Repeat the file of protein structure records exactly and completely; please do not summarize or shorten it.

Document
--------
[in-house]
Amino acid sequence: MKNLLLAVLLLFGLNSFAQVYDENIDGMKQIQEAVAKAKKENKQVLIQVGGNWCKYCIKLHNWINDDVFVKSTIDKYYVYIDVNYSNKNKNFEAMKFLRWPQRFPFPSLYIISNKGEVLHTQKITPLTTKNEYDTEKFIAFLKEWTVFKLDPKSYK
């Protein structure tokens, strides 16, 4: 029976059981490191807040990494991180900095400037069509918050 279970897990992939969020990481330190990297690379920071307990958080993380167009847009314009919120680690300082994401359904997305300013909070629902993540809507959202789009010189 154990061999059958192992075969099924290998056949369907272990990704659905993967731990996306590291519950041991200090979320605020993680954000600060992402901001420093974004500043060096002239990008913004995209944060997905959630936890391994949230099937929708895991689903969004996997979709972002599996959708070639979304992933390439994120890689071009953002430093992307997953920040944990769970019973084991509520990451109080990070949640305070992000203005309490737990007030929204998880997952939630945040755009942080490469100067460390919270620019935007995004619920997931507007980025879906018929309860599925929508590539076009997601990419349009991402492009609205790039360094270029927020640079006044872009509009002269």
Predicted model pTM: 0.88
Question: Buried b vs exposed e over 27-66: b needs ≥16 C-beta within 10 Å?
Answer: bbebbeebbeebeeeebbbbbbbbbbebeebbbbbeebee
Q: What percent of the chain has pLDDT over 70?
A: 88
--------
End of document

[in-house]
Amino acid sequence: MKNLLLAVLLLFGLNSFAQVYDENIDGMKQIQEAVAKAKKENKQVLIQVGGNWCKYCIKLHNWINDDVFVKSTIDKYYVYIDVNYSNKNKNFEAMKFLRWPQRFPFPSLYIISNKGEVLHTQKITPLTTKNEYDTEKFIAFLKEWTVFKLDPKSYK
């Protein structure tokens, strides 16, 4: 029976059981490191807040990494991180900095400037069509918050 279970897990992939969020990481330190990297690379920071307990958080993380167009847009314009919120680690300082994401359904997305300013909070629902993540809507959202789009010189 154990061999059958192992075969099924290998056949369907272990990704659905993967731990996306590291519950041991200090979320605020993680954000600060992402901001420093974004500043060096002239990008913004995209944060997905959630936890391994949230099937929708895991689903969004996997979709972002599996959708070639979304992933390439994120890689071009953002430093992307997953920040944990769970019973084991509520990451109080990070949640305070992000203005309490737990007030929204998880997952939630945040755009942080490469100067460390919270620019935007995004619920997931507007980025879906018929309860599925929508590539076009997601990419349009991402492009609205790039360094270029927020640079006044872009509009002269």
Predicted model pTM: 0.88
Question: Buried b vs exposed e over 27-66: b needs ≥16 C-beta within 10 Å?
Answer: bbebbeebbeebeeeebbbbbbbbbbebeebbbbbeebee
Q: What percent of the chain has pLDDT over 70?
A: 88